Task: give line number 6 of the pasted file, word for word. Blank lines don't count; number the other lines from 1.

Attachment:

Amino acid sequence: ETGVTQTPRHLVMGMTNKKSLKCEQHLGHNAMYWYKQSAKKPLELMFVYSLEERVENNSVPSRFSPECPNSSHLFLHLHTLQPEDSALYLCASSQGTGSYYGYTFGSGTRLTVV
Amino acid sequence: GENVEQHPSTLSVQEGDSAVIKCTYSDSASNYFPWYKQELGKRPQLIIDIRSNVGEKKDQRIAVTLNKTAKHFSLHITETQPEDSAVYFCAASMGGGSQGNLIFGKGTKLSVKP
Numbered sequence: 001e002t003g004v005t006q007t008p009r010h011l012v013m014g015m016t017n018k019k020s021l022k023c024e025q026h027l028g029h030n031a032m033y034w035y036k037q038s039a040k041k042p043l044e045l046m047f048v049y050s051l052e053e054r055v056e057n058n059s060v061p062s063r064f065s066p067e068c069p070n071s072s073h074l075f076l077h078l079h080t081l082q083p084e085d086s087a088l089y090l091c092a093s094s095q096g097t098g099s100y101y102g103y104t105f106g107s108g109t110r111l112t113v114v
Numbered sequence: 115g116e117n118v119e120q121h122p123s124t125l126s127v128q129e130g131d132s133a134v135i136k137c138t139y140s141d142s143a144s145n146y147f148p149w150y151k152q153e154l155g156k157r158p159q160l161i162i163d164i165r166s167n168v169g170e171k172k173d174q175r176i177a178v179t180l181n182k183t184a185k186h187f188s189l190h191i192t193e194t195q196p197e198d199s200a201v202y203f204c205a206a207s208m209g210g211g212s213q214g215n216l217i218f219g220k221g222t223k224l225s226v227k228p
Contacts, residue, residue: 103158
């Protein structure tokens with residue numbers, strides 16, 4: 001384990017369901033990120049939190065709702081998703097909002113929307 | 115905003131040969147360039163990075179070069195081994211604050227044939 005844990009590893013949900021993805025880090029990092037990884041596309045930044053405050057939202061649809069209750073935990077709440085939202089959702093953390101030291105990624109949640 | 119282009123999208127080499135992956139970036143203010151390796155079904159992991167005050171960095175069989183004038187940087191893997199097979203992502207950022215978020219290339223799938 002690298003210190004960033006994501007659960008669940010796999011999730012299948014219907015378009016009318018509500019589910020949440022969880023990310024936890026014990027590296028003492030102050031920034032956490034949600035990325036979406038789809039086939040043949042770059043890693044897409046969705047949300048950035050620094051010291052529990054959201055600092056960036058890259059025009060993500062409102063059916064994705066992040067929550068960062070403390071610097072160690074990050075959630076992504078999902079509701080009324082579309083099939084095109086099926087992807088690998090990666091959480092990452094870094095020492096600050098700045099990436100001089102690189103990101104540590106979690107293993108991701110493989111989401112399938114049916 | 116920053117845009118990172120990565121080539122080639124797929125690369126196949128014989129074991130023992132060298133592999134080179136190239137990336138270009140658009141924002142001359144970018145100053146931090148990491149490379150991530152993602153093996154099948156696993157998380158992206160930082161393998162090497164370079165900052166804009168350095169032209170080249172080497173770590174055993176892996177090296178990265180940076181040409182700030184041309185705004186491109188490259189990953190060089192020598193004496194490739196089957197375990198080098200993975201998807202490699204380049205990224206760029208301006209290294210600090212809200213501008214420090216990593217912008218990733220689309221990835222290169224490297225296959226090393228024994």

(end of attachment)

């Protein structure tokens with residue numbers, strides 16, 4: 001384990017369901033990120049939190065709702081998703097909002113929307 | 115905003131040969147360039163990075179070069195081994211604050227044939 005844990009590893013949900021993805025880090029990092037990884041596309045930044053405050057939202061649809069209750073935990077709440085939202089959702093953390101030291105990624109949640 | 119282009123999208127080499135992956139970036143203010151390796155079904159992991167005050171960095175069989183004038187940087191893997199097979203992502207950022215978020219290339223799938 002690298003210190004960033006994501007659960008669940010796999011999730012299948014219907015378009016009318018509500019589910020949440022969880023990310024936890026014990027590296028003492030102050031920034032956490034949600035990325036979406038789809039086939040043949042770059043890693044897409046969705047949300048950035050620094051010291052529990054959201055600092056960036058890259059025009060993500062409102063059916064994705066992040067929550068960062070403390071610097072160690074990050075959630076992504078999902079509701080009324082579309083099939084095109086099926087992807088690998090990666091959480092990452094870094095020492096600050098700045099990436100001089102690189103990101104540590106979690107293993108991701110493989111989401112399938114049916 | 116920053117845009118990172120990565121080539122080639124797929125690369126196949128014989129074991130023992132060298133592999134080179136190239137990336138270009140658009141924002142001359144970018145100053146931090148990491149490379150991530152993602153093996154099948156696993157998380158992206160930082161393998162090497164370079165900052166804009168350095169032209170080249172080497173770590174055993176892996177090296178990265180940076181040409182700030184041309185705004186491109188490259189990953190060089192020598193004496194490739196089957197375990198080098200993975201998807202490699204380049205990224206760029208301006209290294210600090212809200213501008214420090216990593217912008218990733220689309221990835222290169224490297225296959226090393228024994």